I am hosting a Seafile instance for personal purposes, and for a long time, I used Postgres as database backend. It was never spectacularly supported; I think once the official documentation mentioned Postgres configuration, now there are only traces of it left.
A big problem with this is keeping the server up to date. Seafile’s update process involves calling scripts that describe, e.g., schema migrations. These migrations are provided for MySQL and sqlite; and it’s not always possible to just feed one of them into Postgres. When they contained auto-incrementing keys or funny named datatypes, I had to rewrite the migration script and fit it to Postgres. Or hope that someone else already did it, like on GitHub or in the Seafile forums. This fiddling always added unnecessary friction, and now I want to migrate back from Postgres to MySQL.
I researched some options linked in the Postgres wiki, but I don’t want to use a GUI program on a headless server, and very commercial looking product pages with “buy” buttons seem not the right path for a private project. pgloader looks like a very cool project; unfortunately, it migrates to Postgres, not from. There are two projects, both called pg2mysql this and this; however, I did not want the trouble of setting up a PHP or Go environment just for this little bit of conversion. Instead, I went another rather scripty way.
In my scenario, I can use that I only want to populate a database with an already known schema. I can tell Seafile to create the schema for me and save the trouble of thinking about what
SERIAL INTEGER should be mapped to. Then I only need to move data from Postgres to this fresh MySQL database. For this, I opted to use simple CSV with one file per table. I first exported Seafile’s three databases into separate folders with this script:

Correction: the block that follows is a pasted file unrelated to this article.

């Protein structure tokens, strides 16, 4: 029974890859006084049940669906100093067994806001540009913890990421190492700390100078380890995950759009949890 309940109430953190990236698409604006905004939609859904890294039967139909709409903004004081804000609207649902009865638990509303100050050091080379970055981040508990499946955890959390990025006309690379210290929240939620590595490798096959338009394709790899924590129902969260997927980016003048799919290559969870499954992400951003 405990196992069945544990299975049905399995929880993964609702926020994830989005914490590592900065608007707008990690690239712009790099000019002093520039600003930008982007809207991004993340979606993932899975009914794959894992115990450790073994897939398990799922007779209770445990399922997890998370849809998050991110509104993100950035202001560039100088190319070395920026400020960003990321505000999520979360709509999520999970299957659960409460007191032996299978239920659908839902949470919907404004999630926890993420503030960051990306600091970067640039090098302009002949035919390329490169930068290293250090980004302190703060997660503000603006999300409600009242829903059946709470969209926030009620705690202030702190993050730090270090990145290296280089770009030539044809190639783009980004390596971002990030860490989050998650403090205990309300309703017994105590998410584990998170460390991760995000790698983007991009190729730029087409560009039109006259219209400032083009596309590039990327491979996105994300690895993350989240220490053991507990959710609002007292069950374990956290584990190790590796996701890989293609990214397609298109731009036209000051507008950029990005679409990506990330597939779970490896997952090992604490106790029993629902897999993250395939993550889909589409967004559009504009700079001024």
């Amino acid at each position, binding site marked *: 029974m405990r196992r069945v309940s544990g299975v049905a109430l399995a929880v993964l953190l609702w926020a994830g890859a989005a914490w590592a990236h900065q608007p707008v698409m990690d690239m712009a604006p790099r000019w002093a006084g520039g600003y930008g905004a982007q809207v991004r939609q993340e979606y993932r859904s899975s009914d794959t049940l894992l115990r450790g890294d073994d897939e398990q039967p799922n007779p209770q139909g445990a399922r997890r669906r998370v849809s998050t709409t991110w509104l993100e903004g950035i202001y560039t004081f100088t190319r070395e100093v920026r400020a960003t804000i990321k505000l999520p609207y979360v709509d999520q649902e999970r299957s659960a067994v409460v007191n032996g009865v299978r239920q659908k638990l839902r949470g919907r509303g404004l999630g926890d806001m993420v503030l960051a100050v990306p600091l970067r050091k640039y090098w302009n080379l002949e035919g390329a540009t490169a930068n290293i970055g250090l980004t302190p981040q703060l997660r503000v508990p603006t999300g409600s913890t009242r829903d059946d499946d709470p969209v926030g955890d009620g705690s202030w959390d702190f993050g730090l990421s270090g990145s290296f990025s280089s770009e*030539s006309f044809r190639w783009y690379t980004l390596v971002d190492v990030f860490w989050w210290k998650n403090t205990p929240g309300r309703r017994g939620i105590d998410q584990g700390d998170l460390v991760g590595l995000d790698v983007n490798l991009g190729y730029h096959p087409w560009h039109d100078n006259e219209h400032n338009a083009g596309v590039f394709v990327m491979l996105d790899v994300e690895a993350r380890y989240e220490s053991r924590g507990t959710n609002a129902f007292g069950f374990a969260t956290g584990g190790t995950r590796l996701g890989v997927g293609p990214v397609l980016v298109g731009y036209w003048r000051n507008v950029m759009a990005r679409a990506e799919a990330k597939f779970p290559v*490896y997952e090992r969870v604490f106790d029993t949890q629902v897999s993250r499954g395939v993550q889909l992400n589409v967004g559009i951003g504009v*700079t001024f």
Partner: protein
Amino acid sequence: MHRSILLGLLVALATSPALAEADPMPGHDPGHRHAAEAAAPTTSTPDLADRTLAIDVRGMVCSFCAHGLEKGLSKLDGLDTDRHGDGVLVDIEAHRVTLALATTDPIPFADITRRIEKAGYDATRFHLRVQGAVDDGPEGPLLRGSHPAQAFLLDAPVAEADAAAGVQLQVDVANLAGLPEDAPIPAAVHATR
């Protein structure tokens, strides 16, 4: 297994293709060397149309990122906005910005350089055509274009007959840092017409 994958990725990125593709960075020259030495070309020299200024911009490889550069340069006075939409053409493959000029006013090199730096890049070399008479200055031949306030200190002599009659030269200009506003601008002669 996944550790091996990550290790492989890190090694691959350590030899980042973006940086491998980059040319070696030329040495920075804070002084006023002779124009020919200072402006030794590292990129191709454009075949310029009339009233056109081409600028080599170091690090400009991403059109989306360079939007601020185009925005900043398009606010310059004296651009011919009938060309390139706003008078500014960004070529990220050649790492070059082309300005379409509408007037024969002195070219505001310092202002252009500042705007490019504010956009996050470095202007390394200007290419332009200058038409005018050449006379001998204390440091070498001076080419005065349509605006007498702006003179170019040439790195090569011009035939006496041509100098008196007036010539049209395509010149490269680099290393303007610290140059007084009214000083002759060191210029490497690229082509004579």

#!/bin/bash for db in ccnet_db seafile_db seahub_db; do echo "- $db"; mkdir -p $db; for table in $(psql $db -t \ -c "select table_name from information_schema.tables where table_schema = 'public';"); do echo "Exporting $table"; psql $db -c "\copy $table to '$db/$table.csv' CSV HEADER" done done
The for-loops help with staying lazy, since otherwise, I had to alter that command for each of the 122 involved tables. These files can then be imported using mysqlimport; at least in theory. In practice, I had two problems: (1) the new schema for ccnet and seafile has tables’ names with capitalized words like
EmailUser, which was not the case in Postgres. And mysqlimport also respects this capitalization, so
emailuser.csv wants to be inserted into the table
emailuser. And (2), several tables in my Postgres schema did not have an id column, but the MySQL schema has such a column.
The first problem was surprising, as it usually is more work to enforce case in a SQL database. But when looking at the files with
wc -l, I found that many files only contained one line: the CSV header and no data. After deleting them, I was left with 15 files and bit the bullet and just renamed them. Interestingly, with seahub I had no problem; the table names there are in snake_case. The following script imported nearly all tables as I intended:
#!/bin/bash for db in ccnet_db seafile_db seahub_db; do echo $db for file in $(ls $db); do cols=$(head -n1 $db/$file) mysqlimport -pseafile-mysql --ignore-lines=1 \ --delete $db /tmp/manuel/$db/$file -c $cols \ --fields-terminated-by=',' done done
“Nearly,” because some files could not be imported, but they were small enough for manually putting them into Sublime converting them into a bunch
VALUES for an
In the end, my rebellious Seafile+Postgres setup did survive longer than it probably should have; but is now gone for good, as well. After the successful migration, Seafile runs now with MySQL and I can update it in a more convenient way.